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Delays, fines stain Boeing bottom line
Seattle Times aerospace reporter
Paying for past scandals and program failures while ramping up spending on its new 787 jet, Boeing lost money last quarter. But management raised revenue and profit forecasts for 2007, citing a strong underlying business.
Despite a roaring commercial-airplane business, two big accounting charges totaling more than $1 billion sent the plane maker and defense contractor into the red.
Bowing to political realities and seeking to enhance Boeing's reputation on Capitol Hill, Chairman and Chief Executive Jim McNerney said in a teleconference with financial analysts that Boeing will not seek a tax deduction on the largest charge, a $615 million fine to settle past ethics scandals with the U.S. government.
Forgoing a tax deduction was, he said, "the right thing for Boeing to do" so that the company can "focus on the future and put this unfortunate part of our past behind us."
It may also have been the smart thing to do politically, since leading lawmakers had served notice they would question McNerney on the subject.
The other big charge, for $496 million, was for lost revenue and contract penalties over delays on delivering airborne-surveillance aircraft to Turkey and Australia.
Boeing lost $160 million in the second quarter ended June 30, compared with a profit of $566 million a year ago. It's the company's first quarterly loss since the third quarter of 2003.
Reviewing the state of the company's businesses, McNerney revealed Boeing could face a future accounting charge of up to $350 million for sale or closure of its ailing Connexion in-flight Internet business.
That news and the planned increases in 787 research-and-development spending sent the stock down $3.85, or 4.6 percent, to $79.90.
Paying for scandal
He said Boeing had to accept responsibility for the actions of those employees, and agreed to pay $565 million in civil penalties and $50 million in criminal fines.
One of the two major scandals centered on Boeing's hiring of former Air Force procurement official Darleen Druyun, who favored Boeing in several contracts worth billions of dollars. The other involved midlevel employees stealing proprietary Lockheed Martin rocket-contract pricing data.
Boeing's lawyers believed the settlement fine was tax-deductible, which Sen. Chuck Grassley, R-Iowa, estimated could have saved the company up to 35 percent of the civil penalties, or nearly $200 million.
But applying for the tax relief proved too contentious a political issue.
In a June 29 letter to U.S. Attorney General Alberto Gonzales, Grassley and Sens. John McCain, R-Ariz., and John Warner, R-Va., objected to the prospect of taxpayers subsidizing Boeing misconduct.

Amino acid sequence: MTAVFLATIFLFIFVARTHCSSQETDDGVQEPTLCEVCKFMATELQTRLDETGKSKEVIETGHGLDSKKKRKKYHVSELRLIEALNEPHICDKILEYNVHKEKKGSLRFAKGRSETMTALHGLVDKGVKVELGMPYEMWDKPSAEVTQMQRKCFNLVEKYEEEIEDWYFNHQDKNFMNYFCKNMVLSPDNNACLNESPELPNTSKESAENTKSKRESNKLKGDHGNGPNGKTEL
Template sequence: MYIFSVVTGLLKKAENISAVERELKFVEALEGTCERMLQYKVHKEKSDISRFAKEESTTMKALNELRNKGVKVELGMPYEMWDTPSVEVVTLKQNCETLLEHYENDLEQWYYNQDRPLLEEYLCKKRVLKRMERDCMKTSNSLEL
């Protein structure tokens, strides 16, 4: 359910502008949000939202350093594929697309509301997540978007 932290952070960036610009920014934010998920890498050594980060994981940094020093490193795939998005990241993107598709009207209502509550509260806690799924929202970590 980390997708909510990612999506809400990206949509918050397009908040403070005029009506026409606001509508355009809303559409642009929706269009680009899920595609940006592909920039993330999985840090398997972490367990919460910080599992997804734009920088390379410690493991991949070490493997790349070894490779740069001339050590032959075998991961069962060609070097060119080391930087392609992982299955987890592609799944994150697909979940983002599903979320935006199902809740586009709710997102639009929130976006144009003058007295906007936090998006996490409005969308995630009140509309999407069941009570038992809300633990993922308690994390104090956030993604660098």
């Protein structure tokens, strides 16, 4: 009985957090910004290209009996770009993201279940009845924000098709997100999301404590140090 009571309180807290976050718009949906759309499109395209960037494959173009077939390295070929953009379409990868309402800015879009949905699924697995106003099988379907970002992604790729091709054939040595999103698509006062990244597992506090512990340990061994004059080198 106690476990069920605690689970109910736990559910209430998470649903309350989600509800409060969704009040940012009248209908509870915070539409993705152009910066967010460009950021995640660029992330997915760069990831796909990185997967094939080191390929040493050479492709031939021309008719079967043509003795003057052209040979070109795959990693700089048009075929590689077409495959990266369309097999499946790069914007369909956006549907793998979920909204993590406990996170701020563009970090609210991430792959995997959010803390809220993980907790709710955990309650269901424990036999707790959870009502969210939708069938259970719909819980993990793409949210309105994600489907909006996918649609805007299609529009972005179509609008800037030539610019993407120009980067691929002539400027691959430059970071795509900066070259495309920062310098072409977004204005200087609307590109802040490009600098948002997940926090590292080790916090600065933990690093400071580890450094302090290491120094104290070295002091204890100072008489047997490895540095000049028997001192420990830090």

"We have been advised that the bulk of the settlement is, in fact, tax-deductible," McNerney said. "The short-term financial impact of the taxability issue is significant. However, the long-term value of Boeing's reputation is even more significant."
The decision should make it much easier for McNerney when he testifies before Warner's Senate Armed Services Committee at a hearing Tuesday on the settlement.
Grassley welcomed Boeing's move Wednesday. "That's the right decision," he said in a statement.
McNerney said Boeing is significantly boosting research-and-development spending on the 787. It has spent $1.5 billion in total R&D in the first six months of this year, two-thirds of that in the commercial-airplane division, compared with just over $1 billion in the first half of 2005.
Boeing management expects total company R&D expenses to be $3 billion, both this year and next.
More engineers, overtime
McNerney said the money is going into "more engineers and more overtime" to ensure Boeing can meet 787 program goals on airplane weight and delivery schedule.
Still, he insisted these issues are "more normal than abnormal" on a new airplane program and said the 787 will still be "the most efficiently developed airplane that we've ever done."
McNerney admitted that some of Boeing's partners had run into trouble, though nothing "unanticipated or earth-shaking."
"We've had a couple of instances where we've moved work," he said, "but that was all part of the contingency plan where we had built extra engineering capacity in the event that someone ran into an issue.
"We're attacking the weight issues aggressively and the associated schedule issues," McNerney said. "We still see the plane delivered on time, within the performance commitments we've made to our customers."
The 787 is due to fly in the third quarter of 2007 and to enter service in May 2008.
"There are always going to be issues, and we're paranoid every day about them," McNerney said. "I'd rather be paranoid now than deeply disappointed later."
Byron Callan, a leading financial analyst with Prudential Equity Group, characterized the R&D spending boost as "an alarm bell" but kept his "buy" recommendation on Boeing stock.
"No one should think that developing a new jet is a walk in the park," Callan wrote to clients after Boeing's results.
He said shareholders should focus on the strong demand for the 787 and its healthy competitive position.
Bullish on future
Despite all the charges this quarter and what McNerney called "very aggressive pricing" from rival Airbus, Boeing executives remain bullish.
Citing the strength of the commercial-airplane business and improvements in productivity companywide, Boeing raised its 2007 earnings-per-share forecast 15 cents to between $4.25 and $4.45 a share.
It increased its revenue forecast for 2007 by $1 billion, to between $64.5 billion and $65.5 billion.
Dominic Gates: 206-464-2963 or firstname.lastname@example.org
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